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Taste of Fresh Air: Four Hikes and What We Ate


“Camp food is weird but surprisingly delicious,” I texted my sister one morning last September. It was a promise and a warning. We were about to head to Acadia National Park in Maine (Pemetic) to spend three days in the woods, and I was considering our meal plan. After a long trail day, I like to fork a packet of salmon into my camp stove macaroni and cheese. Its fishiness seeps into the sauce, turning the dish pungent, rich and objectively perfect—if you’re into that sort of thing. My sister, however, was not interested in cheese sauce that tasted slightly of the ocean. 

While hiking and camping, the alchemy of food, location and very particular cravings has a way of attaching itself to specific memories. A meal or drink can be the punctuation mark for an expedition, rendering it in even finer detail in your mind. I still remember the camp quesadillas—and side trip for lobster rolls—we made in Acadia. I’ve always liked working within the constraints of camp cooking, which rewards planning ahead and a little innovation. Even the not-so-great meals are usually, somehow, delicious. And the meals that aren’t? The epic disasters like, say, the first time I attempted scratch-made mac and cheese for a gluten-free, dairy-free crew? At least they’re memorable. 

1. Acadia National Park, Maine, 2021: I’m Sorry About the Cocktail Weenies

All I wanted to do was impress on my sister how fun camping is. We were about to head to Acadia for her first camping trip as an adult, and I hoped it would deliver: big panoramas, ambitious hikes, abundant lobster rolls. We wouldn’t bring a cooler since my camp menus usually prominently feature boxed macaroni and cheese, but she’d requested a hot dog to slice into the pasta. I headed to the grocery, figuring I’d find a nonperishable substitute somewhere in the preserved foods aisle.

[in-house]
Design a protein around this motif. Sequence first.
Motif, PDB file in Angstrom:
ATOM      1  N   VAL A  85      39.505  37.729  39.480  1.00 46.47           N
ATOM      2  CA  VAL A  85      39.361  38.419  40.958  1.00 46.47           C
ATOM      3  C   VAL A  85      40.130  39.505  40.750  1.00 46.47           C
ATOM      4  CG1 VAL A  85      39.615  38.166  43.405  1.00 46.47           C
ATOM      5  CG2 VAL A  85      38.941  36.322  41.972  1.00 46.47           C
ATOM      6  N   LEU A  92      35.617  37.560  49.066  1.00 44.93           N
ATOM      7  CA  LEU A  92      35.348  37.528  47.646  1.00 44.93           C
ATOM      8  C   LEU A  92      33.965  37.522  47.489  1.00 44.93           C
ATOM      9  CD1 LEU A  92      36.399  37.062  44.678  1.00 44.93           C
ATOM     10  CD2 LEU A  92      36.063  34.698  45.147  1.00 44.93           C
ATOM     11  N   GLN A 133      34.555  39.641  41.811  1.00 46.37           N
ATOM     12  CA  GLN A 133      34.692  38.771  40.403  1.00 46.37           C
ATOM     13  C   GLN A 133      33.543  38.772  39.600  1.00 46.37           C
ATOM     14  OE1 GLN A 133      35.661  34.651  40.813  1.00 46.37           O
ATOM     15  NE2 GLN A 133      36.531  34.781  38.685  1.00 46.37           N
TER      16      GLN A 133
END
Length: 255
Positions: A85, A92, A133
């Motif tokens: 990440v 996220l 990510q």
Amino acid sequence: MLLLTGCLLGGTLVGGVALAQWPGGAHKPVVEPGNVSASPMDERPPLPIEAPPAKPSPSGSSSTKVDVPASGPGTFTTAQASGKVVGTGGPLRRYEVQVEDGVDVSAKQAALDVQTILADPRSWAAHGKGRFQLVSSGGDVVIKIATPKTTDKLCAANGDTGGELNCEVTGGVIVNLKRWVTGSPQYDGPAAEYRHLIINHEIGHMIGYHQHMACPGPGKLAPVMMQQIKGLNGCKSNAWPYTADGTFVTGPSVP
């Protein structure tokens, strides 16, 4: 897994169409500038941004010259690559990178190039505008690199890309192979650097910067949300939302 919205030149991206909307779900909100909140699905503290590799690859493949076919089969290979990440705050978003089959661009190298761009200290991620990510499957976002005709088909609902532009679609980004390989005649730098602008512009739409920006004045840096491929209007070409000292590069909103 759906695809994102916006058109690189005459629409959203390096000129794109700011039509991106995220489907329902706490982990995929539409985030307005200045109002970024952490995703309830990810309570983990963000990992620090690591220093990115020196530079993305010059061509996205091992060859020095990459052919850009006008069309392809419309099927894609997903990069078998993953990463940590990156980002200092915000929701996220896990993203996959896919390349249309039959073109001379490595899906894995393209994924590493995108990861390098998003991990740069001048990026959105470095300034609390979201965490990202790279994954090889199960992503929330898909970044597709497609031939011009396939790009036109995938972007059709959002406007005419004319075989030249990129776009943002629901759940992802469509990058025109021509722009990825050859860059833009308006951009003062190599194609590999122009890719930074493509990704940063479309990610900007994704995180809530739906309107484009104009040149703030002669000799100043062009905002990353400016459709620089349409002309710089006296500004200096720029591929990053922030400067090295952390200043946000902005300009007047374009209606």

And there it was: a tin of Vienna sausages. For the uninitiated (me), a Vienna sausage is a roughly inch-long fragment of parboiled, finely ground mystery meat—often an unseemly combination of chicken, beef, and pork, shaped like a tube. Vienna sausages reached the height of their popularity in the middle of the 20th century, the heyday of many tinned and frozen convenience foods; these days, their primary consumers are fishermen and hikers, according to the Oxford Companion to American Food and Drink. What the encyclopedia doesn’t explain, though, is what it’s actually like to eat a Vienna sausage: how it bobs in broth when you open the tin; its soft, tofulike texture; and its taste—like a hot dog, but somehow not quite, my sister told me after sampling one. 

On our first night camped among the spruces, I put a test sausage over low heat in an aluminum saucepan, trying to brown it a little. The weenie stuck to the bottom of the pot, and when I poked at it with a spoon, it peeled open—a massacre. The next day, as we scrambled up a ladder climb while a drizzle began to fall (a sign, graphically illustrated with a stick figure falling off a cliff, had warned hikers about slippery conditions in the rain), I added it to the tally in my head of ways that this trip hadn’t delivered. 

Still, my sister polished off the sausages—the whole tin of them—and swore me to secrecy. If you tell anyone about this, I’ll deny it. 

2. Minnewaska State Park Preserve, New York, 2020: Liminal Space 

A few nights each week early in lockdown, my partner and I got in to the habit of making cocktails toward the end of what passed for the workday. We were spending uninterrupted, unremarkable days together quarantining inside a studio apartment, and mixing drinks helped divide up the clock’s relentless forward motion—transitioning from day to night. Wistful for other rooms, we also began amassing all the equipment we needed to camp together. So when we finally came across a tent platform available to reserve that fall, we rushed out the door. 

The last things I added to my kit before we drove upstate that brisk evening were a flask of bourbon, a vial of bitters and some raw sugar. Making old-fashioneds would be a tiny ritual we brought from the city into the forest, a different kind of transition.